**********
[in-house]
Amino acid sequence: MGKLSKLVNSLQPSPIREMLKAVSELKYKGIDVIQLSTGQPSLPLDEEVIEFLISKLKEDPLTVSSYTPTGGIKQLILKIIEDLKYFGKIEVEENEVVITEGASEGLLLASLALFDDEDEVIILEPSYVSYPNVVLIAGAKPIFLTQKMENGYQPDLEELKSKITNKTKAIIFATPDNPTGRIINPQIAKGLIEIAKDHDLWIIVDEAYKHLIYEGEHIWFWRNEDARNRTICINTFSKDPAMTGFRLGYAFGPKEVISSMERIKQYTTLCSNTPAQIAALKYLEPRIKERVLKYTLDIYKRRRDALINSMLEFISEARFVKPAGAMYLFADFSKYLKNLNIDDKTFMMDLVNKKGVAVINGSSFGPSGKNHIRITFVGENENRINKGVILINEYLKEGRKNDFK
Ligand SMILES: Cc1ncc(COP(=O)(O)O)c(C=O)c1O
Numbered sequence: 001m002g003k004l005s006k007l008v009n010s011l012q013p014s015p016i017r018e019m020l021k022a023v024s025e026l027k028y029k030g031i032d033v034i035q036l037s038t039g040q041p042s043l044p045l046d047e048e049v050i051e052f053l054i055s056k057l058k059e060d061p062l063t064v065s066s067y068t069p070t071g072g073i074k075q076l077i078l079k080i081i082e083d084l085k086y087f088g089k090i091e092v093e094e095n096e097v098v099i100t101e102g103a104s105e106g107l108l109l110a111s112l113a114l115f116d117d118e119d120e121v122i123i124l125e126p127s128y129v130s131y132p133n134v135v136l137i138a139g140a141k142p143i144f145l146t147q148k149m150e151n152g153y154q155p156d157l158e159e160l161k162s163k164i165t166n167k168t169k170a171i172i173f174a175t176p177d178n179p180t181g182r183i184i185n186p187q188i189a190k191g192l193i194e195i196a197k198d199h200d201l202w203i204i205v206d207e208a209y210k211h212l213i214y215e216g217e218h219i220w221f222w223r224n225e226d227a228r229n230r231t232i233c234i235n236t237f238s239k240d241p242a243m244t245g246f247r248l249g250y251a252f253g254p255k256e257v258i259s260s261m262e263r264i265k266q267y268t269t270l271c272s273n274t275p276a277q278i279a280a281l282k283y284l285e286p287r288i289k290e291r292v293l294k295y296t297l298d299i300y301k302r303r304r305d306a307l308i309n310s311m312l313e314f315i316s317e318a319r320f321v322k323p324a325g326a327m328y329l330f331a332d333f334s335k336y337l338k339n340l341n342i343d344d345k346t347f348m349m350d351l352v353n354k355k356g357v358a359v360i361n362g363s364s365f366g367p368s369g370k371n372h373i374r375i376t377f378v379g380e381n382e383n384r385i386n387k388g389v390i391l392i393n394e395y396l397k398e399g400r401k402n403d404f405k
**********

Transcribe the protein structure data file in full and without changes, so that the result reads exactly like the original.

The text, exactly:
[in-house]
Amino acid sequence: MGKLSKLVNSLQPSPIREMLKAVSELKYKGIDVIQLSTGQPSLPLDEEVIEFLISKLKEDPLTVSSYTPTGGIKQLILKIIEDLKYFGKIEVEENEVVITEGASEGLLLASLALFDDEDEVIILEPSYVSYPNVVLIAGAKPIFLTQKMENGYQPDLEELKSKITNKTKAIIFATPDNPTGRIINPQIAKGLIEIAKDHDLWIIVDEAYKHLIYEGEHIWFWRNEDARNRTICINTFSKDPAMTGFRLGYAFGPKEVISSMERIKQYTTLCSNTPAQIAALKYLEPRIKERVLKYTLDIYKRRRDALINSMLEFISEARFVKPAGAMYLFADFSKYLKNLNIDDKTFMMDLVNKKGVAVINGSSFGPSGKNHIRITFVGENENRINKGVILINEYLKEGRKNDFK
Ligand SMILES: Cc1ncc(COP(=O)(O)O)c(C=O)c1O
Numbered sequence: 001m002g003k004l005s006k007l008v009n010s011l012q013p014s015p016i017r018e019m020l021k022a023v024s025e026l027k028y029k030g031i032d033v034i035q036l037s038t039g040q041p042s043l044p045l046d047e048e049v050i051e052f053l054i055s056k057l058k059e060d061p062l063t064v065s066s067y068t069p070t071g072g073i074k075q076l077i078l079k080i081i082e083d084l085k086y087f088g089k090i091e092v093e094e095n096e097v098v099i100t101e102g103a104s105e106g107l108l109l110a111s112l113a114l115f116d117d118e119d120e121v122i123i124l125e126p127s128y129v130s131y132p133n134v135v136l137i138a139g140a141k142p143i144f145l146t147q148k149m150e151n152g153y154q155p156d157l158e159e160l161k162s163k164i165t166n167k168t169k170a171i172i173f174a175t176p177d178n179p180t181g182r183i184i185n186p187q188i189a190k191g192l193i194e195i196a197k198d199h200d201l202w203i204i205v206d207e208a209y210k211h212l213i214y215e216g217e218h219i220w221f222w223r224n225e226d227a228r229n230r231t232i233c234i235n236t237f238s239k240d241p242a243m244t245g246f247r248l249g250y251a252f253g254p255k256e257v258i259s260s261m262e263r264i265k266q267y268t269t270l271c272s273n274t275p276a277q278i279a280a281l282k283y284l285e286p287r288i289k290e291r292v293l294k295y296t297l298d299i300y301k302r303r304r305d306a307l308i309n310s311m312l313e314f315i316s317e318a319r320f321v322k323p324a325g326a327m328y329l330f331a332d333f334s335k336y337l338k339n340l341n342i343d344d345k346t347f348m349m350d351l352v353n354k355k356g357v358a359v360i361n362g363s364s365f366g367p368s369g370k371n372h373i374r375i376t377f378v379g380e381n382e383n384r385i386n387k388g389v390i391l392i393n394e395y396l397k398e399g400r401k402n403d404f405k